As such, The Monkey’s Teeth provides a baseline for the Laloux’s overall career, and though at times it bears a much cruder visual mark than any of his subsequent efforts, it is no less haunting in the application of its own distinctive look. A silent short that lives by the same kind of cruel and absurdist logic as an early Lynch film or Gondry music-video, it tells the story of a man whose teeth are all pulled out by a dentist, and is subsequently chased through the streets of a French city by policemen who disguise themselves as children, all while being shadowed by the menacing figure of a monkey riding a bicycle. It all comes off with a light touch, as befits the simplistic art style, but the pervading themes of paranoia and blunt moments of brutality throughout give that style a rather haunting psychological edge to it. At the best moments, the film unspools like the crayon drawings a child scribbles to depict a series of nightmares in a therapist’s office come to life. And though it depicts a far more recognizably contemporary and urban environment than we will see in Laloux’s later more alien landscapes, we can see the foundation of his basic building-blocks of visual mannerisms, especially concerning minimalism. Though there may be towering skyscrapers filling every frame, our cut-out characters are largely alone from moment to moment of the film, or else pursued by figures whose intentions are never understood, even by the pursuers themselves. Already, we can see the surrealism of the director’s work taking hold, telling stories that resemble the recurring dreams of amnesiacs.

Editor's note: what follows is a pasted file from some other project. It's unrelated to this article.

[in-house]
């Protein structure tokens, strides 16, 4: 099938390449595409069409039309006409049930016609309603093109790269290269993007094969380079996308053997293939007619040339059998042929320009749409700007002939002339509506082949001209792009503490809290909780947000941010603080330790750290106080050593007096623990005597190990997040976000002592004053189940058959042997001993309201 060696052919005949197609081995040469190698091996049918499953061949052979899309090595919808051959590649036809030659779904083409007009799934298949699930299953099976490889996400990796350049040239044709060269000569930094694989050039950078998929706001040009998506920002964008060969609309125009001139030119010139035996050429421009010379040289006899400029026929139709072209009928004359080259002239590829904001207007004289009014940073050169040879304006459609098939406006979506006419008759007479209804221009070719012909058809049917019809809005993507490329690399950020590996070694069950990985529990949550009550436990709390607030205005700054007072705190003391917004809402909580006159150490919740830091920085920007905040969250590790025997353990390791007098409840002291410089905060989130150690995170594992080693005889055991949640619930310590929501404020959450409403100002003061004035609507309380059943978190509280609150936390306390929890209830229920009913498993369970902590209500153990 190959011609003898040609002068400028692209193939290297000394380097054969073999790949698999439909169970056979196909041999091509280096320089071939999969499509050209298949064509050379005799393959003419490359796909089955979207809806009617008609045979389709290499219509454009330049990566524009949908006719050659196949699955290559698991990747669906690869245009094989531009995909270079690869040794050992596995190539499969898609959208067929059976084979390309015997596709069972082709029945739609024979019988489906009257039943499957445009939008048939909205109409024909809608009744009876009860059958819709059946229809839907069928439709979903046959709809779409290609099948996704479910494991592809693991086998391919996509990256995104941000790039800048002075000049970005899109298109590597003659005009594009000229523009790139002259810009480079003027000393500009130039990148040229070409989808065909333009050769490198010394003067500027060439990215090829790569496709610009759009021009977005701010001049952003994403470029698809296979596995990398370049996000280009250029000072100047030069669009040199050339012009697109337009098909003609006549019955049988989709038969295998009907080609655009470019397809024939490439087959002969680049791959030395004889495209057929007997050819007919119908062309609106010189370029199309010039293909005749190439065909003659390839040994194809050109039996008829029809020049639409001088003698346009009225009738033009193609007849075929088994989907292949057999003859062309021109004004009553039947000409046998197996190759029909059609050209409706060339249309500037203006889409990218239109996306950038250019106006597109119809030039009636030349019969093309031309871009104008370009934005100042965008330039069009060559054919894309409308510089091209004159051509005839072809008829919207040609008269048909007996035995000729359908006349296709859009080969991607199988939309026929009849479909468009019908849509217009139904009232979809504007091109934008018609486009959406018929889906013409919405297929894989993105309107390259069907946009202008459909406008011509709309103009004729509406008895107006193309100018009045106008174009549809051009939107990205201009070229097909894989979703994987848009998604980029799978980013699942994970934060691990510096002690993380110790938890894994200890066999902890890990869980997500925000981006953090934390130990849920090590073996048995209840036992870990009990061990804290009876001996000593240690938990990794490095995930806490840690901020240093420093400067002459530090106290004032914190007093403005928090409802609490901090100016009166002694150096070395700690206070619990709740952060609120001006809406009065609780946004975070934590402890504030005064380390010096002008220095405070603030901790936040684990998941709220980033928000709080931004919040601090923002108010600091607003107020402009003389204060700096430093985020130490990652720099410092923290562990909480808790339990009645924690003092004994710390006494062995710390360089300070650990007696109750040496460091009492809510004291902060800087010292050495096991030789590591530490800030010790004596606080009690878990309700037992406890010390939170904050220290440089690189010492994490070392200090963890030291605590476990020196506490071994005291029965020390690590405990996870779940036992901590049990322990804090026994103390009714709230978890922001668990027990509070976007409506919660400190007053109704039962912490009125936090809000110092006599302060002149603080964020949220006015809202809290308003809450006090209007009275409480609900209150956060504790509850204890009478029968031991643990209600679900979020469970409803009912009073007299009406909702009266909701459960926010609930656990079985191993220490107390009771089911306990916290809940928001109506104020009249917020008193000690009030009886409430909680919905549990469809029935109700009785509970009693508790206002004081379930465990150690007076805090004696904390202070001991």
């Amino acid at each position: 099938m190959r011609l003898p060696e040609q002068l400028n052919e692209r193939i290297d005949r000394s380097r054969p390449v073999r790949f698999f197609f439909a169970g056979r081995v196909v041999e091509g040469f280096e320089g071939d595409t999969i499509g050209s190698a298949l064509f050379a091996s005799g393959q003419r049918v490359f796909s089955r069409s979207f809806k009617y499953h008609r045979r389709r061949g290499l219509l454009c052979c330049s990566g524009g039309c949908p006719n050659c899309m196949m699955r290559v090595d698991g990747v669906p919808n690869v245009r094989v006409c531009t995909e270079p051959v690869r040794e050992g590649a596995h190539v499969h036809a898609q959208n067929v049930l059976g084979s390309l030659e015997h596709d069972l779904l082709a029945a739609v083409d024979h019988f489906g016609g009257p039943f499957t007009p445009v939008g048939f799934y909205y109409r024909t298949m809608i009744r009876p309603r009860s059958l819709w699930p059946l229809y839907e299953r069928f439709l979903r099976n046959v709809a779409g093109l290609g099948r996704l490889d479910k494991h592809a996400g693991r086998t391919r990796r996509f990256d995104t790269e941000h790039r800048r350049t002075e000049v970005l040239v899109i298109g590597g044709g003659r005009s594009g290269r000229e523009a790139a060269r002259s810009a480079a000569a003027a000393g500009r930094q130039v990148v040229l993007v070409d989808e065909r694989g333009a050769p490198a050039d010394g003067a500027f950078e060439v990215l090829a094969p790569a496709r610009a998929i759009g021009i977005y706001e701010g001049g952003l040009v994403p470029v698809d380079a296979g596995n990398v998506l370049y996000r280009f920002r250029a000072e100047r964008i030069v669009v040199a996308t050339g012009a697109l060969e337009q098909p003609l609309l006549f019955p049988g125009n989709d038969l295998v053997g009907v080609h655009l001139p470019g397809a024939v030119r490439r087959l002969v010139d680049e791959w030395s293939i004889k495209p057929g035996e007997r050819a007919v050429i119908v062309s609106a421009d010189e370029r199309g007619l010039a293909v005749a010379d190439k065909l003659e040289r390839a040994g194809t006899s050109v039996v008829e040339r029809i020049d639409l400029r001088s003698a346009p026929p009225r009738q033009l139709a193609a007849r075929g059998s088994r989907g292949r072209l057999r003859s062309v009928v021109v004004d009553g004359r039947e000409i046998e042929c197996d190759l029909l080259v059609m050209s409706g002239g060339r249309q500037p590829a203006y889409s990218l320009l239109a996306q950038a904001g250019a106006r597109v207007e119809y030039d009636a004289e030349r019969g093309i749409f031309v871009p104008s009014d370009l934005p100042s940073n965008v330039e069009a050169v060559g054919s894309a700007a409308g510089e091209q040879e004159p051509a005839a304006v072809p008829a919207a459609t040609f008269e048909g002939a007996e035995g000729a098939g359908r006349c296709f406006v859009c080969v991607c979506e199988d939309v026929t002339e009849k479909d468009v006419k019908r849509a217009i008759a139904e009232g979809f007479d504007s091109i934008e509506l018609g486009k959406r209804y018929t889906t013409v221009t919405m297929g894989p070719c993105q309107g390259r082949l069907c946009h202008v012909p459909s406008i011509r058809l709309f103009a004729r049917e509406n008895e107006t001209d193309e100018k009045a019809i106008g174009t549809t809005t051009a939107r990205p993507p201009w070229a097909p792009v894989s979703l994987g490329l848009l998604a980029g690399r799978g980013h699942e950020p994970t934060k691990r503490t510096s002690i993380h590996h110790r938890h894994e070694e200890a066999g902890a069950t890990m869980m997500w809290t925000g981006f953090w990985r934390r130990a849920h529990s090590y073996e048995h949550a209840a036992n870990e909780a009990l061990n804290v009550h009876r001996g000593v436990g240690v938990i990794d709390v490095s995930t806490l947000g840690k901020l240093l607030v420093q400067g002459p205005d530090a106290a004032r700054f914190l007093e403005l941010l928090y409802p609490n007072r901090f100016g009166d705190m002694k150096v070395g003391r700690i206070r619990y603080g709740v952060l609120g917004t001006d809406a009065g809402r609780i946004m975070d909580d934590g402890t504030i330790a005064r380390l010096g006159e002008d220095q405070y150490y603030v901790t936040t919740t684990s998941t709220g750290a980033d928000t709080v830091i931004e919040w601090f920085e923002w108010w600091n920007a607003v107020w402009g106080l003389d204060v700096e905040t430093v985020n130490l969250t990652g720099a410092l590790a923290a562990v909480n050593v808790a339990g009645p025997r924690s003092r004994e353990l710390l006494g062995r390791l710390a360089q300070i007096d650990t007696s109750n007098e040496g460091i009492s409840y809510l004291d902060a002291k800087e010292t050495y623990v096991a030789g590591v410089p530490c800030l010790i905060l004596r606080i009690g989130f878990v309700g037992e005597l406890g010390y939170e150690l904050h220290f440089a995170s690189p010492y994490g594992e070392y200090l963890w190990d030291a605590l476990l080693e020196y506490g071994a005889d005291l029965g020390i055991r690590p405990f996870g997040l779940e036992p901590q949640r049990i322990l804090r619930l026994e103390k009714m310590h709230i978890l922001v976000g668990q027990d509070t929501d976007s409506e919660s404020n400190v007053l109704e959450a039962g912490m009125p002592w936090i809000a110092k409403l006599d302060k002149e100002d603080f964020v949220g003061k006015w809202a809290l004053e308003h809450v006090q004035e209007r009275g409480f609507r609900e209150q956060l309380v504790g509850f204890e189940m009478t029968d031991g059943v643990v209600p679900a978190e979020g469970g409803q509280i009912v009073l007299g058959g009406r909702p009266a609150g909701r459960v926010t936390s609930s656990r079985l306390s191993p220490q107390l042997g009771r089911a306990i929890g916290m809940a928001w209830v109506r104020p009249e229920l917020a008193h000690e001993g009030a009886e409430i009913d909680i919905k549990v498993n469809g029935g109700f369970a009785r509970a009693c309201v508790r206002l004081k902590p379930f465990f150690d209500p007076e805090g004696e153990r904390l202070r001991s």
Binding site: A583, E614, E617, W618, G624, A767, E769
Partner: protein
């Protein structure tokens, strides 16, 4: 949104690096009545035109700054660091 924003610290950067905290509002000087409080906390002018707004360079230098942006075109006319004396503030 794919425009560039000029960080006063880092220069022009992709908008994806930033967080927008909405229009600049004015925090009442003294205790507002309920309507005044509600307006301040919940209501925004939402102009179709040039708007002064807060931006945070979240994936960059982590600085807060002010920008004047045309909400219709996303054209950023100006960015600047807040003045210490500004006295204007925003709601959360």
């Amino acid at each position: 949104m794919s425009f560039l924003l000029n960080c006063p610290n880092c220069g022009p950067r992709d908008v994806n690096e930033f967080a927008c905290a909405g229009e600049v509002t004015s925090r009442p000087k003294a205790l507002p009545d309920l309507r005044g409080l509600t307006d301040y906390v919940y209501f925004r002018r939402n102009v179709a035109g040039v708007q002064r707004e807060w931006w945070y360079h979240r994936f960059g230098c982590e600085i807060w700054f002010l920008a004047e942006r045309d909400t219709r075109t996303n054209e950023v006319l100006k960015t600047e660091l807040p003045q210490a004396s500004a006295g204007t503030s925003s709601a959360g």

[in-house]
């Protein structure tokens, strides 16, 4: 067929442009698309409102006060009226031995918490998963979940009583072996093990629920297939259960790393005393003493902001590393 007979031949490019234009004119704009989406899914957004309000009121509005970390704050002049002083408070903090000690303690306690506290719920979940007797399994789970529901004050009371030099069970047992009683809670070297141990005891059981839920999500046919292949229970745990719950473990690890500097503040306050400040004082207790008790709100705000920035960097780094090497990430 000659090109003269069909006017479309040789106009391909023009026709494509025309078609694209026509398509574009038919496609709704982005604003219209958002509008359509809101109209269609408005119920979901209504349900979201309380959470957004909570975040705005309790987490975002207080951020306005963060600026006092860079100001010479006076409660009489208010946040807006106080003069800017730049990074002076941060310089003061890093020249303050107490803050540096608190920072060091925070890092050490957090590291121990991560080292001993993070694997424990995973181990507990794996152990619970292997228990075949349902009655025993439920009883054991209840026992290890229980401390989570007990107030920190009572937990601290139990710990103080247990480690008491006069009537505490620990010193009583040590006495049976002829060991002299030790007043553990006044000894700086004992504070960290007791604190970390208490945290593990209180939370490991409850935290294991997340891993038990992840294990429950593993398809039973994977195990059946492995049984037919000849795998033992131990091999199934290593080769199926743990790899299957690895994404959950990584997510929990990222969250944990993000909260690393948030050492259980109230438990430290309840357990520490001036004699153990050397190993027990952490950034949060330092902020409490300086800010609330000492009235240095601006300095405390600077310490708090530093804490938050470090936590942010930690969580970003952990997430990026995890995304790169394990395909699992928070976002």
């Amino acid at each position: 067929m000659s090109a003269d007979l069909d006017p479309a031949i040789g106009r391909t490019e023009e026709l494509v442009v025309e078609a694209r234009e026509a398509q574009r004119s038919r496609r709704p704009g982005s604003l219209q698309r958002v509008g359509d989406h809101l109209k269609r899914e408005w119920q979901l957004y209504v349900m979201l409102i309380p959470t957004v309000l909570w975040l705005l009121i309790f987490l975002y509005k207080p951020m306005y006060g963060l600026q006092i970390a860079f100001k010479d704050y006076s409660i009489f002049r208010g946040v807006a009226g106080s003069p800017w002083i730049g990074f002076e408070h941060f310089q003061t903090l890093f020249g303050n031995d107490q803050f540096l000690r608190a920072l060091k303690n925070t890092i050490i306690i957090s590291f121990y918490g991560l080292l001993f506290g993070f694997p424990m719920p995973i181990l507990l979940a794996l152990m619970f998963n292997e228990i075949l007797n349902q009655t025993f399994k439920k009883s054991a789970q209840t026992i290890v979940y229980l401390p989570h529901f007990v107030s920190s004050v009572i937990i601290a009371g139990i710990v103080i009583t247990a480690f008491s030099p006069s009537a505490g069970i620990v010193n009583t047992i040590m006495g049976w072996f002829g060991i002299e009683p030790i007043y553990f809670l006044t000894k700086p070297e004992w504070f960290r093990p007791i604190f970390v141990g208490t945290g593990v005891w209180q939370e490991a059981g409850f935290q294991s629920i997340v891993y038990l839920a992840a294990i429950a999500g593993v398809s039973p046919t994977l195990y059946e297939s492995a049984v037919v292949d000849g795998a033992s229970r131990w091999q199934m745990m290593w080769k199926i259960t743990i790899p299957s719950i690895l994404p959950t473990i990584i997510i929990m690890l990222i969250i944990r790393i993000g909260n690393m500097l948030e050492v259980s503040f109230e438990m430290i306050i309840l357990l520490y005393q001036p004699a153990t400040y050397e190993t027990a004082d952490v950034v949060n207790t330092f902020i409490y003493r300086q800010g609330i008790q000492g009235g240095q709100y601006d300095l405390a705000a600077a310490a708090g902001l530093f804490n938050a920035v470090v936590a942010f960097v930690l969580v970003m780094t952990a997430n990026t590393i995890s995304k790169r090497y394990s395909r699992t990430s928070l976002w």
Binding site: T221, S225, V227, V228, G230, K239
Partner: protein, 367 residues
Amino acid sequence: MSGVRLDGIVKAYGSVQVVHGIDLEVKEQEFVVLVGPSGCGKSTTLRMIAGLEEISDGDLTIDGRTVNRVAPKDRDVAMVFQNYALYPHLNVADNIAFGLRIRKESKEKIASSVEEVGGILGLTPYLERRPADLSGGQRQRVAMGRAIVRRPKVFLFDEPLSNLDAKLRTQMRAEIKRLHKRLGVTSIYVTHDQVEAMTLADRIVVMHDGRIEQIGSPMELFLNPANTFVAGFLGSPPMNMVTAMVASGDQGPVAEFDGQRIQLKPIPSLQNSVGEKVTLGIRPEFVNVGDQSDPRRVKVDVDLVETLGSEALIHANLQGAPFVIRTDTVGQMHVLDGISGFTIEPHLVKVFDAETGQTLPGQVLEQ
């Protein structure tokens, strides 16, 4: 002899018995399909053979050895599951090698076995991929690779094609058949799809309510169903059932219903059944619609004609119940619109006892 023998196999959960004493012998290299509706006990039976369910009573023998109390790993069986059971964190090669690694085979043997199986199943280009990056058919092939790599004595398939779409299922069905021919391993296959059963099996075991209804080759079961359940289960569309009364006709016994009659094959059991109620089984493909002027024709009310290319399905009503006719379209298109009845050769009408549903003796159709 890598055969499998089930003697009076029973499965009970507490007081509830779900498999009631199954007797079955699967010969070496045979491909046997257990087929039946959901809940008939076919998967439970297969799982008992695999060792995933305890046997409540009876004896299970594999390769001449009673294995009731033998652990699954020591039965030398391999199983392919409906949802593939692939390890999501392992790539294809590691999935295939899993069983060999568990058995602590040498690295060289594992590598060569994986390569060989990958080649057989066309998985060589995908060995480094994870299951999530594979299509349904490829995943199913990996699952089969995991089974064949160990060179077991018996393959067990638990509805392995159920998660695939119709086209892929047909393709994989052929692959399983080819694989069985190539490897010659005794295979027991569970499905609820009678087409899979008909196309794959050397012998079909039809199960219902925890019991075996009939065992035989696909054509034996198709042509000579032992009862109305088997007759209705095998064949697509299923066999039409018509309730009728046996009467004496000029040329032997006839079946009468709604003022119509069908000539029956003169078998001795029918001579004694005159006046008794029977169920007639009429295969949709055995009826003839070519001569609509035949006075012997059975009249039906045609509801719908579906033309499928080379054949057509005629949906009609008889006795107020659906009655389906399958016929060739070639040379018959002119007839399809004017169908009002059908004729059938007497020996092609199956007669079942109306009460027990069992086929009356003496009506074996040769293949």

Les Temps morts (“Dead Times”) from 1964 represents a huge step forward both in artistic polish and directorial ambition, as Laloux teams up with designer Roland Topur for the first time and applies their first collaboration towards a film that stands at the crossroads of any number of cinematic genres and disciplines. Mixing live-action stock-footage of real-world brutalities of war and innocent childhood imitations of it with occasional yellow-press illustrations of murder and Topur’s own surrealistic drawings, most of which are only barely (if at all) animated, the film aims for the same kind of unconventional documentary style that Bunuel achieved in his earliest collaborations with Dali and that Benjamin Christensen created as if from the ether itself in Haxan. The hard-etched pen and ink scratchings that dominate the imagery also look forward to the Saul Steinberg-assisted monologues that Godard’s super-computer antogonist delivers in Alphaville from 1965, giving the film a very slight quality of premonition that at times makes up for the rather lazy voice-overs that opine the brutality of the human race in phrases so blithely misanthropic they could come from a set of very depressing birthday cards (on the animal called man: “He has four limbs– two which allow him to walk, and two which allow him to kill”).